Low compression on cylinder 3 of 2003 Tacoma


#1

I just picked up my truck from my mechanic after he was trying to determine what was causing a misfire in cylinder 3. He swapped coils and then did a compression test and found the following results in cylinders 1 through 4, in order: 143, 132, 57, 151. He said I need to replace the engine or start with adding Engine Restore to see it it helps. Is there a chance I don’t need to replace the engine? Could it need a valve job?
Thanks for any thoughts…


#2

It isn’t a valve job. But I also see no reaosn to doubt his diagnosis. It sounds like he did the right things.

Try some engine restore, or even try some additive that flushes the lubricating system out (in case it’s a gummed up oil ring). But if these things don’t help, your choices will be

  1. boneyard motor
  2. rebuild the motor
  3. buy an already rebuilt motor
  4. live with it and drive the truck into the ground.

Sincere best.


#3

Those sound pretty low across the board, not just the weak cylinder. You can have him repeat the test to verify, and possibly try a squirt of oil in each cylinder, which will tell you if the problem is rings or valves. Either way you’re looking at at least a partial rebuild or engine replacement.


#4

Those readings are all bad and 57 is horrible. He should have followed that compression test up with the wet test version of the compression test. That would determine whether rings or valves are the biggest contributor to the problem.

Odds are it’s the rings on 1, 2, and 4 and maybe a valve on the Number 3 cylinder along with the rings.
Forget any chemical treatment. It sounds like the engine is flat gone either due to miles, lack of regular oil changes, overheating, or any combination of those things.


#5

How many miles on it?? And yes, it could be a valve…And 140psi in an 8.6 to 1 compression engine is not to bad… But you want them all within 10% of each other…


#6

Thanks for the replies. I bought the truck used with 75,000 miles on it and it now has 124,000. I have kept up with oil changes and never had it overheat on me. Sounds like my options may not be great. Should I bring it back and ask him to a wet test? Any ideas on what a 2.7 engine reguild or replacement might cost me?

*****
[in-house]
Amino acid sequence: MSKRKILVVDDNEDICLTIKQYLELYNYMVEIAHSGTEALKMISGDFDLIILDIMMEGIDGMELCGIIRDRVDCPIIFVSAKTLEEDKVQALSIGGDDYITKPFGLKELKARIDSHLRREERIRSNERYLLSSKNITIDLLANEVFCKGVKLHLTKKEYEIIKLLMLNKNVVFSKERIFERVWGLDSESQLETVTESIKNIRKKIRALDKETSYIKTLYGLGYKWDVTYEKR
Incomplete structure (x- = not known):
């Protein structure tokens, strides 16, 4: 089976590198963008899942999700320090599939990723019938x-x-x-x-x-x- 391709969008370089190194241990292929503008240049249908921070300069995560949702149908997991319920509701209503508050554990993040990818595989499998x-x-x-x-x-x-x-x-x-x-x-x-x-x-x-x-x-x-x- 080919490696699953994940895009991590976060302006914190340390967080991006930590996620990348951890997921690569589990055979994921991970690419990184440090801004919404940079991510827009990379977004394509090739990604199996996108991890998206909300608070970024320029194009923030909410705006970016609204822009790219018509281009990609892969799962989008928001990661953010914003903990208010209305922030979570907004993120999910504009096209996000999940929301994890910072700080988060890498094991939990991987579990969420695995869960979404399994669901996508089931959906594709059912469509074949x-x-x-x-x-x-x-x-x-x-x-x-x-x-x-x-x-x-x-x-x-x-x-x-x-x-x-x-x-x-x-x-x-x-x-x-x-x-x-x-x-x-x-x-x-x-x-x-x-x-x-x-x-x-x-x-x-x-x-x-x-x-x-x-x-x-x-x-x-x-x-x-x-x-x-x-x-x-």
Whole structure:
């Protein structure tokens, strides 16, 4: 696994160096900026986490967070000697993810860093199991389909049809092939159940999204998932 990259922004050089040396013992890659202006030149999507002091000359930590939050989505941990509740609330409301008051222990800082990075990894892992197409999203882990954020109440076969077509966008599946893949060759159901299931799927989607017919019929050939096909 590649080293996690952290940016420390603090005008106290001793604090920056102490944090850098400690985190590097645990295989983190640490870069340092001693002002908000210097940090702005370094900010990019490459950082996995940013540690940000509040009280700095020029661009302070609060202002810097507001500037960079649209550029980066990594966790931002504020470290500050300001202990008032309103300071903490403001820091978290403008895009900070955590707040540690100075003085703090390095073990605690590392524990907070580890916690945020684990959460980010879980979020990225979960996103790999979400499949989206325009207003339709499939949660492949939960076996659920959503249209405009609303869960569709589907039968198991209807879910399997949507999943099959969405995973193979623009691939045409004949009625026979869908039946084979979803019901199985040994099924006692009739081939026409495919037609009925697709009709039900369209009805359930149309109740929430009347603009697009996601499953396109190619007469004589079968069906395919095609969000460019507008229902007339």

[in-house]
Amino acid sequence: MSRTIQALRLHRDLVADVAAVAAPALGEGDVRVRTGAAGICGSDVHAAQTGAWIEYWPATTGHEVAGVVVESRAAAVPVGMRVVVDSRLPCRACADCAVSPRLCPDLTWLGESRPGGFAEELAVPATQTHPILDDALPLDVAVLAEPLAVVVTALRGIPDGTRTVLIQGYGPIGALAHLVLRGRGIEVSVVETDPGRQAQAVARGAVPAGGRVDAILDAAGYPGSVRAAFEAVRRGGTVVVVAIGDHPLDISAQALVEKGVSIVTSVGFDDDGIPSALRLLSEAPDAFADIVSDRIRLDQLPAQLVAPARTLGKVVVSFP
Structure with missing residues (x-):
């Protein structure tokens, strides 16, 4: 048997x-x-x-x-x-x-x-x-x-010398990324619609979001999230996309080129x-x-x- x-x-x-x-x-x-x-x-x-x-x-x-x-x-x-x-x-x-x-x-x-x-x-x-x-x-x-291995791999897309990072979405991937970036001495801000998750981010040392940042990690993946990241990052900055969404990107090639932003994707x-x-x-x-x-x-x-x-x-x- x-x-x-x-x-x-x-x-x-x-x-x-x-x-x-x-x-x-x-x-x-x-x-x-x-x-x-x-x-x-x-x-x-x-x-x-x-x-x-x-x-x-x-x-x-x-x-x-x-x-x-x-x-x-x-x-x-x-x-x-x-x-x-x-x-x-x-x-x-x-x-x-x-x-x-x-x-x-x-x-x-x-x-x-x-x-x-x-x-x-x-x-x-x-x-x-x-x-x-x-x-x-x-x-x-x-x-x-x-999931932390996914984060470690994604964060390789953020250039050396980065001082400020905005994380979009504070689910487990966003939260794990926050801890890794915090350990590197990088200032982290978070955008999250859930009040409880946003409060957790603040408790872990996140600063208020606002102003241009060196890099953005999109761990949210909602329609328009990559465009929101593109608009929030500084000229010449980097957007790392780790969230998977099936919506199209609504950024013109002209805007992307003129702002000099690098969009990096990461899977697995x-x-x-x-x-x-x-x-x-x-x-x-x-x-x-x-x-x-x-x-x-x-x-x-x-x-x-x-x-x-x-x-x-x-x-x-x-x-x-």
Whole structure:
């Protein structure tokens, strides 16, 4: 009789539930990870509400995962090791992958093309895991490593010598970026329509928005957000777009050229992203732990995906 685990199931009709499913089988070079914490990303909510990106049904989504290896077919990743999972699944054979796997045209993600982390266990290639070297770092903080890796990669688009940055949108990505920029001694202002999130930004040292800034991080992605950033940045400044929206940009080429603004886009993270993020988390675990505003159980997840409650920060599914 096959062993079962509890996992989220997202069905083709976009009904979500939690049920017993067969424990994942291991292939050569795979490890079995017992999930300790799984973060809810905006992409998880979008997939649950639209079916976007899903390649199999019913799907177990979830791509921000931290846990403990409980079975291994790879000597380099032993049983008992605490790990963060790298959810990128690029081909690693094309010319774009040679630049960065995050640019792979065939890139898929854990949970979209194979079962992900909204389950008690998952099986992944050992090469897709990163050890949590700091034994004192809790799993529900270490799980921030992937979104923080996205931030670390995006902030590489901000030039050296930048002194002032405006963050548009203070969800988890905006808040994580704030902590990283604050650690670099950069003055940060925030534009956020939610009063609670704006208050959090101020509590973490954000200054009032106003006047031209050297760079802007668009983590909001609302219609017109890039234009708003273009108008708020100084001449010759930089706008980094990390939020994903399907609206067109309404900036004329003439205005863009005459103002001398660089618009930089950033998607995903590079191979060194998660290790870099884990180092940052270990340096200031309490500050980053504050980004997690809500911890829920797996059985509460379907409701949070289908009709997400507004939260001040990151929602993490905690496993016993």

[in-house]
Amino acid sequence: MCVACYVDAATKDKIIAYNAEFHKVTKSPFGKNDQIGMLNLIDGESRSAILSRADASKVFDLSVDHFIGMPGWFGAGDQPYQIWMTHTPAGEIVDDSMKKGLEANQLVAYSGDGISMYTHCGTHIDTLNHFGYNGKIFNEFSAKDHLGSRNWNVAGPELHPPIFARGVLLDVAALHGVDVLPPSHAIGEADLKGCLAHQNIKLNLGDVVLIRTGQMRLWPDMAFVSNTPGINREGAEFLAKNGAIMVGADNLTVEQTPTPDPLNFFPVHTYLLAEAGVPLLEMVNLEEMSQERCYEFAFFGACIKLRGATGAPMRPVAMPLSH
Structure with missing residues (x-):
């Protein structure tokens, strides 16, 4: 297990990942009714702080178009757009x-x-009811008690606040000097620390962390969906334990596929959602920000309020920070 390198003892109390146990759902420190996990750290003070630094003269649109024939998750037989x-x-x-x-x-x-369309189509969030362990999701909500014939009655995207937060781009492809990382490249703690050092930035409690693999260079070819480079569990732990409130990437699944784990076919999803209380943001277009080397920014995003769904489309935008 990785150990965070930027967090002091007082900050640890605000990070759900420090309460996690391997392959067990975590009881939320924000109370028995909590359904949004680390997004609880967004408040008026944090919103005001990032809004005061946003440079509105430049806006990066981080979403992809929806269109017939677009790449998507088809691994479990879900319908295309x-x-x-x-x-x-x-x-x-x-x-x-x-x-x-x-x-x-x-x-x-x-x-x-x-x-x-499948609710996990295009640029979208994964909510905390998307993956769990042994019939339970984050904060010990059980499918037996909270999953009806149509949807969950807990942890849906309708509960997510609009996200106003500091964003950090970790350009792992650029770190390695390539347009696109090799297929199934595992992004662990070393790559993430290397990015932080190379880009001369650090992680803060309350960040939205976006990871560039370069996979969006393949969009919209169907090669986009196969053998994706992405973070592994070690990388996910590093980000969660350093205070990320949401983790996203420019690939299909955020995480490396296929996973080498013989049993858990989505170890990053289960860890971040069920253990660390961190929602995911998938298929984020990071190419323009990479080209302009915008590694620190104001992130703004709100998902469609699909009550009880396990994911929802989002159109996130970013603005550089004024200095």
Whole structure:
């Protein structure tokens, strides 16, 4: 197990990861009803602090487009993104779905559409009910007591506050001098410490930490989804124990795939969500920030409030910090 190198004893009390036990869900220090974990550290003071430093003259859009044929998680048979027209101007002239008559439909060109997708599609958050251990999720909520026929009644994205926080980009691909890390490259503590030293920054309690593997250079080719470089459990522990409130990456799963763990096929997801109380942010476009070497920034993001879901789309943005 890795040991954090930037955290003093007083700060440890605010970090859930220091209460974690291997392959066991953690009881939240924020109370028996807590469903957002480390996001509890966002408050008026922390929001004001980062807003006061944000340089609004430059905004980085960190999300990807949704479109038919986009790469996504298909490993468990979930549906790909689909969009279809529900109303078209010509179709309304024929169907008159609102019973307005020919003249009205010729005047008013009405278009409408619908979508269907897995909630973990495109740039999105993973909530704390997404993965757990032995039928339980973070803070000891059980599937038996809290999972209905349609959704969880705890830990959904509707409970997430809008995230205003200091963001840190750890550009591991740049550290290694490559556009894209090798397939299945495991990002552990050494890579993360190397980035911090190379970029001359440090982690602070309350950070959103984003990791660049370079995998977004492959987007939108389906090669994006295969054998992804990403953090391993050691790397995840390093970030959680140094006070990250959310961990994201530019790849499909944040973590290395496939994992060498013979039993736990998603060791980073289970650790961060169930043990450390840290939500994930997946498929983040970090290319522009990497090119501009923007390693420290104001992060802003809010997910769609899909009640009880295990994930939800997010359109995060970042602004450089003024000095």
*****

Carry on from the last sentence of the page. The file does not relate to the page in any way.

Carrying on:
#7

The truck is almost 9 years old…Look at getting a used engine. Not worth putting a new engine or rebuilt in.

I really can’t talk about price…it’s going to vary greatly depending on where you live (i.e. mechanic hourly rate) and availability of a good used engine.

Not sure why this happened on a otherwise very durable engine design. I’ve seen that same engine with well over 300k miles. But it happens…


#8

Yes, I would do a wet compression test and see if that cylinder recovers. If not, pull the head and fix it…As a first step, check the valve clearances, looking for a tight valve. A valve job would be the least costly solution…


#9

If the compression does recover with wet test, what would be the next step?


#10

The “wet test” is checking to see if it’s the rings causing the low compression. If it “recovers” (shows a significant improvement), that confirms rings and you’re then faced with a rebuild or a replacement motor. That basically means “don;t bother pulling the head, it’s the rings”.


#11

I have to respectfully disagree that a low compression ratio automatically means lower cylinder pressures. If that were the case an 8.5:1 Subaru would not cough up 190 PSI.
Camshaft profile and timing does affect those pressures.

One way to find out; run the wet test and start with the highest one first. (151)
My feeling is that with a squirt of oil it’s going to shoot up to 175, give or take.